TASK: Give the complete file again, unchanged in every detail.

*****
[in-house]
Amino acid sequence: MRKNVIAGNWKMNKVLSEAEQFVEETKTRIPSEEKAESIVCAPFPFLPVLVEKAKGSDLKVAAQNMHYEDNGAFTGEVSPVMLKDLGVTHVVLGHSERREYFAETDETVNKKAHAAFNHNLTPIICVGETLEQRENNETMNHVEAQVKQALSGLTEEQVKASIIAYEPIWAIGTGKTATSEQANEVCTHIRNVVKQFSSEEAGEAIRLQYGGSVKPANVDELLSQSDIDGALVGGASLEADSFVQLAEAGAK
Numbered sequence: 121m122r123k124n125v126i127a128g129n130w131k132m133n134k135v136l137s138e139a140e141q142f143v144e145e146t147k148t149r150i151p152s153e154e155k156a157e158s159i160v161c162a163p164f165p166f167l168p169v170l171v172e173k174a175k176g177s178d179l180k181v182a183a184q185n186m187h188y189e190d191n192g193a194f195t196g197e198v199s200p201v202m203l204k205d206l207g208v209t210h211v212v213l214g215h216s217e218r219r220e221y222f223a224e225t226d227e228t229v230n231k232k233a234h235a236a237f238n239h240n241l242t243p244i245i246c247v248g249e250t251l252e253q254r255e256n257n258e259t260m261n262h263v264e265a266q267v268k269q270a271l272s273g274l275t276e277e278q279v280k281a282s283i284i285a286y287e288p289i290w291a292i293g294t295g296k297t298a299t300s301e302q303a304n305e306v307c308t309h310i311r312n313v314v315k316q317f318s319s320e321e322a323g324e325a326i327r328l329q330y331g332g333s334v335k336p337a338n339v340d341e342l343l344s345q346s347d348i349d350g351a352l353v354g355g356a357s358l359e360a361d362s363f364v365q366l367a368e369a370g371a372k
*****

[in-house]
Amino acid sequence: MRKNVIAGNWKMNKVLSEAEQFVEETKTRIPSEEKAESIVCAPFPFLPVLVEKAKGSDLKVAAQNMHYEDNGAFTGEVSPVMLKDLGVTHVVLGHSERREYFAETDETVNKKAHAAFNHNLTPIICVGETLEQRENNETMNHVEAQVKQALSGLTEEQVKASIIAYEPIWAIGTGKTATSEQANEVCTHIRNVVKQFSSEEAGEAIRLQYGGSVKPANVDELLSQSDIDGALVGGASLEADSFVQLAEAGAK
Numbered sequence: 121m122r123k124n125v126i127a128g129n130w131k132m133n134k135v136l137s138e139a140e141q142f143v144e145e146t147k148t149r150i151p152s153e154e155k156a157e158s159i160v161c162a163p164f165p166f167l168p169v170l171v172e173k174a175k176g177s178d179l180k181v182a183a184q185n186m187h188y189e190d191n192g193a194f195t196g197e198v199s200p201v202m203l204k205d206l207g208v209t210h211v212v213l214g215h216s217e218r219r220e221y222f223a224e225t226d227e228t229v230n231k232k233a234h235a236a237f238n239h240n241l242t243p244i245i246c247v248g249e250t251l252e253q254r255e256n257n258e259t260m261n262h263v264e265a266q267v268k269q270a271l272s273g274l275t276e277e278q279v280k281a282s283i284i285a286y287e288p289i290w291a292i293g294t295g296k297t298a299t300s301e302q303a304n305e306v307c308t309h310i311r312n313v314v315k316q317f318s319s320e321e322a323g324e325a326i327r328l329q330y331g332g333s334v335k336p337a338n339v340d341e342l343l344s345q346s347d348i349d350g351a352l353v354g355g356a357s358l359e360a361d362s363f364v365q366l367a368e369a370g371a372k